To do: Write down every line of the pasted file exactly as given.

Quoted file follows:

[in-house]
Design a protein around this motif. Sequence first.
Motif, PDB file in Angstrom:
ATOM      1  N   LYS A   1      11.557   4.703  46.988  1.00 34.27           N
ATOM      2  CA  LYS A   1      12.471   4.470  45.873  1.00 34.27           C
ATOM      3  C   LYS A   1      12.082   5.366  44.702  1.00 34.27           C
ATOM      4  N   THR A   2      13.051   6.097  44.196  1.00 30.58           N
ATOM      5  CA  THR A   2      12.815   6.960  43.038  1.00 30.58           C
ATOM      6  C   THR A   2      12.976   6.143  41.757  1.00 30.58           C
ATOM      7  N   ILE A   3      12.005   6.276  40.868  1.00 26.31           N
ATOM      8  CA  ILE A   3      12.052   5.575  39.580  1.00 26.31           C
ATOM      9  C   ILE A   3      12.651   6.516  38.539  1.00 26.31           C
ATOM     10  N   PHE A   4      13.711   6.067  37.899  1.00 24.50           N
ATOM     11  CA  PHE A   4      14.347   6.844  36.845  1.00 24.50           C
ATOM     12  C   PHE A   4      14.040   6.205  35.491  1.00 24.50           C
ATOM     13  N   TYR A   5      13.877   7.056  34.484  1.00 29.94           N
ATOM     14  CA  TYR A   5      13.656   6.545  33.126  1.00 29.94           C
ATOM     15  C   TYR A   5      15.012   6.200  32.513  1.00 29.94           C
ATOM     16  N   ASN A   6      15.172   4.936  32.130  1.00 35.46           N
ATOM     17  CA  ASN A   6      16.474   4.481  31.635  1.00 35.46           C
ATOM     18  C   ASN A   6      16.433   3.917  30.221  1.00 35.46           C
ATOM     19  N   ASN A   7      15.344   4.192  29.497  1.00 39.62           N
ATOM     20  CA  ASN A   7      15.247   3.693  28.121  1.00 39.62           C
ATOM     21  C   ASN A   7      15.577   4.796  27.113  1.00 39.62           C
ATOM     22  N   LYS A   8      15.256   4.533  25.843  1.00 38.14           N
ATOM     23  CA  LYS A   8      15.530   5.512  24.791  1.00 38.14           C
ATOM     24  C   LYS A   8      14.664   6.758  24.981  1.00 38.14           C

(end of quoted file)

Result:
[in-house]
Design a protein around this motif. Sequence first.
Motif, PDB file in Angstrom:
ATOM      1  N   LYS A   1      11.557   4.703  46.988  1.00 34.27           N
ATOM      2  CA  LYS A   1      12.471   4.470  45.873  1.00 34.27           C
ATOM      3  C   LYS A   1      12.082   5.366  44.702  1.00 34.27           C
ATOM      4  N   THR A   2      13.051   6.097  44.196  1.00 30.58           N
ATOM      5  CA  THR A   2      12.815   6.960  43.038  1.00 30.58           C
ATOM      6  C   THR A   2      12.976   6.143  41.757  1.00 30.58           C
ATOM      7  N   ILE A   3      12.005   6.276  40.868  1.00 26.31           N
ATOM      8  CA  ILE A   3      12.052   5.575  39.580  1.00 26.31           C
ATOM      9  C   ILE A   3      12.651   6.516  38.539  1.00 26.31           C
ATOM     10  N   PHE A   4      13.711   6.067  37.899  1.00 24.50           N
ATOM     11  CA  PHE A   4      14.347   6.844  36.845  1.00 24.50           C
ATOM     12  C   PHE A   4      14.040   6.205  35.491  1.00 24.50           C
ATOM     13  N   TYR A   5      13.877   7.056  34.484  1.00 29.94           N
ATOM     14  CA  TYR A   5      13.656   6.545  33.126  1.00 29.94           C
ATOM     15  C   TYR A   5      15.012   6.200  32.513  1.00 29.94           C
ATOM     16  N   ASN A   6      15.172   4.936  32.130  1.00 35.46           N
ATOM     17  CA  ASN A   6      16.474   4.481  31.635  1.00 35.46           C
ATOM     18  C   ASN A   6      16.433   3.917  30.221  1.00 35.46           C
ATOM     19  N   ASN A   7      15.344   4.192  29.497  1.00 39.62           N
ATOM     20  CA  ASN A   7      15.247   3.693  28.121  1.00 39.62           C
ATOM     21  C   ASN A   7      15.577   4.796  27.113  1.00 39.62           C
ATOM     22  N   LYS A   8      15.256   4.533  25.843  1.00 38.14           N
ATOM     23  CA  LYS A   8      15.530   5.512  24.791  1.00 38.14           C
ATOM     24  C   LYS A   8      14.664   6.758  24.981  1.00 38.14           C